Wend Tlou is chief marketing officer for Brand South Africa Play Your Part can be a cause that young people, and indeed all citizens, can own, says Wendy Tlou, Brand South Africa's chief marketing officer.


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Staff writer

The Play Your Part campaign is a call for every South African to do what they do with excellence and diligence in order to help the country become a brand that attracts investment, according to Wendy Tlou, chief marketing officer at Brand South Africa. Tlou has the job of marketing South Africa to the global community – and selling the country to its own people.

"Every person needs to realise that the little they do can add value," she says. "The guy who fills potholes is just as important as the CEO of a conglomerate."

Play your Part was created to stimulate society from the ground up, encouraging South Africans to fulfil their individual potential in all they do.

"We need measurable and actionable plans that have a visible impact, and make South Africa globally competitive."

Playing your part to achieve the goals of the NDP

Because of this, Tlou says, Brand South Africa wants to reconcile the National Development Plan (NDP) as an ideological document with a clear and simple roadmap for implementation that can be driven at grassroots level.

"The NDP is not some far-fetched, theoretical concept. It is happening right now. We want to demystify it as a theoretical concept. The road works you see every day are the NDP at work." The NDP is a crystallisation of the vision of South Africa as a globally competitive nation.

She says the notion of competitiveness is key to attracting the investment, such as tourism, that is essential for creating jobs.

Encouraging foreign direct investment – with a view to achieving the national developmental agenda – is the main objective of forging a strong nation brand. This will have a direct impact on our country's levels of inequality, which are a source of many social ills.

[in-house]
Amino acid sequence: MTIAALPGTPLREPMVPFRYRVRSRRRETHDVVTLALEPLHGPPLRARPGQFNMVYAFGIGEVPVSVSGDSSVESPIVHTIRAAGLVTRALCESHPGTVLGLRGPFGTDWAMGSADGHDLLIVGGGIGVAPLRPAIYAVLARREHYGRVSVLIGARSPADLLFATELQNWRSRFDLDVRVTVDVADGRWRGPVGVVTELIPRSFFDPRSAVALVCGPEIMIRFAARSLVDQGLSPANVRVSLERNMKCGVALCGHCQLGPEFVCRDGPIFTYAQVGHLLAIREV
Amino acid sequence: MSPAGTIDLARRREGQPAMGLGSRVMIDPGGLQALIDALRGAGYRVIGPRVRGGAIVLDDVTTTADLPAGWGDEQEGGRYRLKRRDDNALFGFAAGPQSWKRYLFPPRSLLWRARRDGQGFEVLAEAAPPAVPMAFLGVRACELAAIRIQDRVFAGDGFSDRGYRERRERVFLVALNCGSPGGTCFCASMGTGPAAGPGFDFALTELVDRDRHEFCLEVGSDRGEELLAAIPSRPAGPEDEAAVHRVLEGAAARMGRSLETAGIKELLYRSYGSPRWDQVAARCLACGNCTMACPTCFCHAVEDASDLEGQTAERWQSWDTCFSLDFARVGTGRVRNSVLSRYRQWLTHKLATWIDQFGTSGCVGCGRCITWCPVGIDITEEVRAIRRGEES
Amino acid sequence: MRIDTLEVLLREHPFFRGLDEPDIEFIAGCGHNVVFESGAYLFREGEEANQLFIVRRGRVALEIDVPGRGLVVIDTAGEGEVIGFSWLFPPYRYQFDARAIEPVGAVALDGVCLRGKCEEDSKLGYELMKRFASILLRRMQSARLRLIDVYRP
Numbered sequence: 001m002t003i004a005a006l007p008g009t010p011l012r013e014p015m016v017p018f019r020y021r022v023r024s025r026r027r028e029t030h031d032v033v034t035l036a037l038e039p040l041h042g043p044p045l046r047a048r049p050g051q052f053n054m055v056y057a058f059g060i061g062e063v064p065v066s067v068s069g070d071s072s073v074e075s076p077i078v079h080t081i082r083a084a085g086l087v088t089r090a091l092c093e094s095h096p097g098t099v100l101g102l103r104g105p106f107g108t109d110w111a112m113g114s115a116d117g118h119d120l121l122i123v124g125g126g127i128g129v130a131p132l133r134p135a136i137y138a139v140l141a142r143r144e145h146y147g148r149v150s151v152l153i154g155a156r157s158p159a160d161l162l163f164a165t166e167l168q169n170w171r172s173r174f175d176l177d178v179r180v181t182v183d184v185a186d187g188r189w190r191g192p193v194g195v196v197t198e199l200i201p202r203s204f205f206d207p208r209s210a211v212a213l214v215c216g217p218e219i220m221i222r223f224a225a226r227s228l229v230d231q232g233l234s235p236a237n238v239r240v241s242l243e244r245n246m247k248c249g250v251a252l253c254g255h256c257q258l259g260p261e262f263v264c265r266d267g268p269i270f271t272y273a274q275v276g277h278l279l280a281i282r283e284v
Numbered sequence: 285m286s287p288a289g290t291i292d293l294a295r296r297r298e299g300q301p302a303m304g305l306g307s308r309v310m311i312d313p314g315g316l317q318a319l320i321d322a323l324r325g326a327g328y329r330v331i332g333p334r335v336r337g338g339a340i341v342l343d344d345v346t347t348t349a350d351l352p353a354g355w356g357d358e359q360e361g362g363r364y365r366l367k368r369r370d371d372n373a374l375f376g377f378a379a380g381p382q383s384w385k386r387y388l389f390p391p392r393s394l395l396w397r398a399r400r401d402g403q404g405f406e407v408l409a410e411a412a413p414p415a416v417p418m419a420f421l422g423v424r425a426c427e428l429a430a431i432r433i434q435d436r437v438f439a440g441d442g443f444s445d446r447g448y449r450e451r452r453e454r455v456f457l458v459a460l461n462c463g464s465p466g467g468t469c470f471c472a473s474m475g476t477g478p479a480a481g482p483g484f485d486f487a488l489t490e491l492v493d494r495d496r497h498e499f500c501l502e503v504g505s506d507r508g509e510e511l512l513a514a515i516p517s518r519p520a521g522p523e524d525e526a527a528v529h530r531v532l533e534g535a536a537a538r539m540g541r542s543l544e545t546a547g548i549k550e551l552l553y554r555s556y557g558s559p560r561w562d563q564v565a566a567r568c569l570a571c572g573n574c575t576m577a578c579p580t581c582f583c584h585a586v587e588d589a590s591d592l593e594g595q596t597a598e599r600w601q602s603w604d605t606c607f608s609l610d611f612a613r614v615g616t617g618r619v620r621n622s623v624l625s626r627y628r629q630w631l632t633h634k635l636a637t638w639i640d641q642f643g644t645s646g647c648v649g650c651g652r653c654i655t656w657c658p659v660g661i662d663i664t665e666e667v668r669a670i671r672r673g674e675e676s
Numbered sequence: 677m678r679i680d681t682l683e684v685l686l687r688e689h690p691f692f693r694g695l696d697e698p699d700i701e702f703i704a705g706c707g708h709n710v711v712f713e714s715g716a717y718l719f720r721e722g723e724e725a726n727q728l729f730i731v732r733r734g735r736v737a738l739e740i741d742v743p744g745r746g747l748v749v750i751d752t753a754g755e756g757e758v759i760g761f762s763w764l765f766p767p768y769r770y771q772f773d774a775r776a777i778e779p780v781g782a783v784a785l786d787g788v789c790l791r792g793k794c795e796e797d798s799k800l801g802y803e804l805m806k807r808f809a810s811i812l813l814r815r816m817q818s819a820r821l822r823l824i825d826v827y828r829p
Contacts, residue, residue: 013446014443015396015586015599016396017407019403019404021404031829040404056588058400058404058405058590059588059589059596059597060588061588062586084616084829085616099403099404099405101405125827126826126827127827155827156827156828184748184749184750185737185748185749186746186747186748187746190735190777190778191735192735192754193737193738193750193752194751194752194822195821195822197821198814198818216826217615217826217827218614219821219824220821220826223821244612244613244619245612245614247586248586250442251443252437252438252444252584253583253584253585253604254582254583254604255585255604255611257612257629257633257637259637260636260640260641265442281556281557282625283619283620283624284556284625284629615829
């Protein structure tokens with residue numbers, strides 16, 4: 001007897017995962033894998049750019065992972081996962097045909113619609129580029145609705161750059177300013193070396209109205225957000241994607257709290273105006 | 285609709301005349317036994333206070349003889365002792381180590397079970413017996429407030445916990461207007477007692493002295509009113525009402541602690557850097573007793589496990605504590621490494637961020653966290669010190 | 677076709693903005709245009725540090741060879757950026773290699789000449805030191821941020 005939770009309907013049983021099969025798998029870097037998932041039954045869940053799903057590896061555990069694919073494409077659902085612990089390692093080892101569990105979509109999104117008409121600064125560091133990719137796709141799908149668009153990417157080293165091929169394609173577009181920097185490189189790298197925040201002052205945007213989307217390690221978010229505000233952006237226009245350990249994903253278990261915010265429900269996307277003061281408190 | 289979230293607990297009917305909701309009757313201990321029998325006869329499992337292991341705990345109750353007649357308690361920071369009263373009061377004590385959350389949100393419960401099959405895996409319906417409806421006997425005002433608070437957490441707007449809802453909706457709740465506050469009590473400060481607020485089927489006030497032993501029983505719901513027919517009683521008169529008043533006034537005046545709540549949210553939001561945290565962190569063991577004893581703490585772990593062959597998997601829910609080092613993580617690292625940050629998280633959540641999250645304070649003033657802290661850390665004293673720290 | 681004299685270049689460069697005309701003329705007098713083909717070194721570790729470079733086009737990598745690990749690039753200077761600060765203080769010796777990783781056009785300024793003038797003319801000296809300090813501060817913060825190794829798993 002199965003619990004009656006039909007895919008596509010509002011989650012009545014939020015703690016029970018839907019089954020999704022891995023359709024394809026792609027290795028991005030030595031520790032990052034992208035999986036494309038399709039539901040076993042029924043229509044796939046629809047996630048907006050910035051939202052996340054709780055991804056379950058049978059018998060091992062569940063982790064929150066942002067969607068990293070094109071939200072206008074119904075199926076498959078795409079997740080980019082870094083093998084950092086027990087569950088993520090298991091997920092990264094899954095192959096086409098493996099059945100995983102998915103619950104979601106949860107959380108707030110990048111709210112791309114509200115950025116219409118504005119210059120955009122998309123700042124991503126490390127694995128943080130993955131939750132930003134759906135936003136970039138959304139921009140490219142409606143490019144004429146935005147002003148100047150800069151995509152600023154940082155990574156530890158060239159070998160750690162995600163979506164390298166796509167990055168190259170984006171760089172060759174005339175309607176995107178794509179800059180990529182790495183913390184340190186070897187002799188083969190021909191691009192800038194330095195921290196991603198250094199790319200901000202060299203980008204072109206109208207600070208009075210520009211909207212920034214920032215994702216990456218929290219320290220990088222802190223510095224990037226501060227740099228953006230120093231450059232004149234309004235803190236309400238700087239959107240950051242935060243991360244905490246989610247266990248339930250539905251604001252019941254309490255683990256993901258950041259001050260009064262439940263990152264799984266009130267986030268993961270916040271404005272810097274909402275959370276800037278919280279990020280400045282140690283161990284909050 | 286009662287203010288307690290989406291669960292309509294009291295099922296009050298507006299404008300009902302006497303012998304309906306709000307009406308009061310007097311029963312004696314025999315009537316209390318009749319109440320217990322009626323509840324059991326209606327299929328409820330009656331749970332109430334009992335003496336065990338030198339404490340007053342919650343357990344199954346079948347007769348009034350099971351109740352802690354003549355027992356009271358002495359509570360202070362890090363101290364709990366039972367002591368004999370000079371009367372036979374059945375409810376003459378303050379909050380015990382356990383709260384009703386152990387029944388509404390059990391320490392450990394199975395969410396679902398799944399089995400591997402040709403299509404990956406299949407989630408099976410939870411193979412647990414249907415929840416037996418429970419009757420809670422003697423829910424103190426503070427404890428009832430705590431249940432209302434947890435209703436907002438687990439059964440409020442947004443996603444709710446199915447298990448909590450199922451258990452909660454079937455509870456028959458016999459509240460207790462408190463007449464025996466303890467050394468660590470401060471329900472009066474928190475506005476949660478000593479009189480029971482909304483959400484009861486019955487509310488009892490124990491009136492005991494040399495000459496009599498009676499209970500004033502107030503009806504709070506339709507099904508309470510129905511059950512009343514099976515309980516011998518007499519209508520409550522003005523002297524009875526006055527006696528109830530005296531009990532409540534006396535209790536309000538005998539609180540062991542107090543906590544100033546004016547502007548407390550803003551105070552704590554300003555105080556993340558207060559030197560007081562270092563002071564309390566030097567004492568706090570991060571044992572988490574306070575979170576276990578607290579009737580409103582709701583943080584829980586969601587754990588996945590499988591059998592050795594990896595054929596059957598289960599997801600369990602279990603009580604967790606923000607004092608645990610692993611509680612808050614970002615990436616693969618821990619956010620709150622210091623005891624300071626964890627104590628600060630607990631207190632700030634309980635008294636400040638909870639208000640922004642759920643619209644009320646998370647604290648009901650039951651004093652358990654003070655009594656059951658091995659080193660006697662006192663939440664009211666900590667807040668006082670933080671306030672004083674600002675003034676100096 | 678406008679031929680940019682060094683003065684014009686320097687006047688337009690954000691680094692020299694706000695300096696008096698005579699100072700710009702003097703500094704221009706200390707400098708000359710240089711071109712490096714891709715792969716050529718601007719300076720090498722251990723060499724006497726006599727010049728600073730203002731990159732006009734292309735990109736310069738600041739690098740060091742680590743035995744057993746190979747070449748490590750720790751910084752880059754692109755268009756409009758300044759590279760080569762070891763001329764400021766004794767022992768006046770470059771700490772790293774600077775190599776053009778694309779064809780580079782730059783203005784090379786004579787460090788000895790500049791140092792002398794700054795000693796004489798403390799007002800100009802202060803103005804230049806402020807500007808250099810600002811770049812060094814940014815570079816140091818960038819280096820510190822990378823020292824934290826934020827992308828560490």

The youth and their aspirations are key to Brand South Africa's Play Your Part programme. Before democracy in 1994, Tlou says, the South African youth owned a cause – freedom. But after 1994 the notion of freedom and playing your part can still be a powerful mobilising force for active citizenship and nation building. Play Your Part can be a cause that young people, and indeed all citizens, can own.

Fighting gender-based violence

As we look towards the annual 16 Days of Activism for No Violence Against Women and Children, Play Your Part becomes a practical response to the scourge of gender-based violence in our country.

Tlou feels passionate about eradicating gender-based violence: "A country such as South Africa that has been such a moral beacon and model of progressive thinking cannot, 20 years after democracy, be facing a situation where at least one in five women are victims of gender-based violence.

"In addition, the cost of such a phenomenon to our country is not merely a philosophical one. According to a KPMG report – Too Costly to Ignore – the Economic Impact of Gender-Based Violence in South Africa – released in September this year, gender-based violence costs the South African economy between R28.4-billion to R42.2-billion a year.

"With such a reputational and financial risk attached to the consequences of gender-based violence, we need to ask how each of us can play our part to eradicate gender based violence in our country. We need to ask ourselves, how we can play our part to contribute to a safer more equitable country for the women and children of our country?"